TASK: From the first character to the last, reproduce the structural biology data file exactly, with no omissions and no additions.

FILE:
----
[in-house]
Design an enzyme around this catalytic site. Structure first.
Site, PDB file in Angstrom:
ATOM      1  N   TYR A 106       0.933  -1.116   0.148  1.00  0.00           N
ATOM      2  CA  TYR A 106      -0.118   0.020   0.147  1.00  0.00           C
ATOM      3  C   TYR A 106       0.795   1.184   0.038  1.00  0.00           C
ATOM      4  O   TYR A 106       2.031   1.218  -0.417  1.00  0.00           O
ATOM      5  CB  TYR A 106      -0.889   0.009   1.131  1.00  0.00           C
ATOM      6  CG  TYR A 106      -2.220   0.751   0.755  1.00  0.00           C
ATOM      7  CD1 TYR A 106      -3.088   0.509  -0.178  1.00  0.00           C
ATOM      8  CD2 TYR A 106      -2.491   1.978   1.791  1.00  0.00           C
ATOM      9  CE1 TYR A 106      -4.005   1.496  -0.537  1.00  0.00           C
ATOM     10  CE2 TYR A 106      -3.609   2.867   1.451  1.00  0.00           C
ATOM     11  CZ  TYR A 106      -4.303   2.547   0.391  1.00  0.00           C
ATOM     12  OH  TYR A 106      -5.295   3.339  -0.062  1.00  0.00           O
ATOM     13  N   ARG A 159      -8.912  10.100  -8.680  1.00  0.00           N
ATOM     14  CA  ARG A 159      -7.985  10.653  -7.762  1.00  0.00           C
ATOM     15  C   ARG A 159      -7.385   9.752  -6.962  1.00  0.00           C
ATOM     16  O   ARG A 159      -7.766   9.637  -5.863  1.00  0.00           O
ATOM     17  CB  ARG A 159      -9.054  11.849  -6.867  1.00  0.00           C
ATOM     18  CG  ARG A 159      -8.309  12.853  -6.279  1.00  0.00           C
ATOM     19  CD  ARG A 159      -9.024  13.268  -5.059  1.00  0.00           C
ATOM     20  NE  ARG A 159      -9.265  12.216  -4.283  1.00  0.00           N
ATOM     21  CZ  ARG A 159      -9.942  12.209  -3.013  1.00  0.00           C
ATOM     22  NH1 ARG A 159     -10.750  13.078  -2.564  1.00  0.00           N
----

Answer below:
[in-house]
Design an enzyme around this catalytic site. Structure first.
Site, PDB file in Angstrom:
ATOM      1  N   TYR A 106       0.933  -1.116   0.148  1.00  0.00           N
ATOM      2  CA  TYR A 106      -0.118   0.020   0.147  1.00  0.00           C
ATOM      3  C   TYR A 106       0.795   1.184   0.038  1.00  0.00           C
ATOM      4  O   TYR A 106       2.031   1.218  -0.417  1.00  0.00           O
ATOM      5  CB  TYR A 106      -0.889   0.009   1.131  1.00  0.00           C
ATOM      6  CG  TYR A 106      -2.220   0.751   0.755  1.00  0.00           C
ATOM      7  CD1 TYR A 106      -3.088   0.509  -0.178  1.00  0.00           C
ATOM      8  CD2 TYR A 106      -2.491   1.978   1.791  1.00  0.00           C
ATOM      9  CE1 TYR A 106      -4.005   1.496  -0.537  1.00  0.00           C
ATOM     10  CE2 TYR A 106      -3.609   2.867   1.451  1.00  0.00           C
ATOM     11  CZ  TYR A 106      -4.303   2.547   0.391  1.00  0.00           C
ATOM     12  OH  TYR A 106      -5.295   3.339  -0.062  1.00  0.00           O
ATOM     13  N   ARG A 159      -8.912  10.100  -8.680  1.00  0.00           N
ATOM     14  CA  ARG A 159      -7.985  10.653  -7.762  1.00  0.00           C
ATOM     15  C   ARG A 159      -7.385   9.752  -6.962  1.00  0.00           C
ATOM     16  O   ARG A 159      -7.766   9.637  -5.863  1.00  0.00           O
ATOM     17  CB  ARG A 159      -9.054  11.849  -6.867  1.00  0.00           C
ATOM     18  CG  ARG A 159      -8.309  12.853  -6.279  1.00  0.00           C
ATOM     19  CD  ARG A 159      -9.024  13.268  -5.059  1.00  0.00           C
ATOM     20  NE  ARG A 159      -9.265  12.216  -4.283  1.00  0.00           N
ATOM     21  CZ  ARG A 159      -9.942  12.209  -3.013  1.00  0.00           C
ATOM     22  NH1 ARG A 159     -10.750  13.078  -2.564  1.00  0.00           N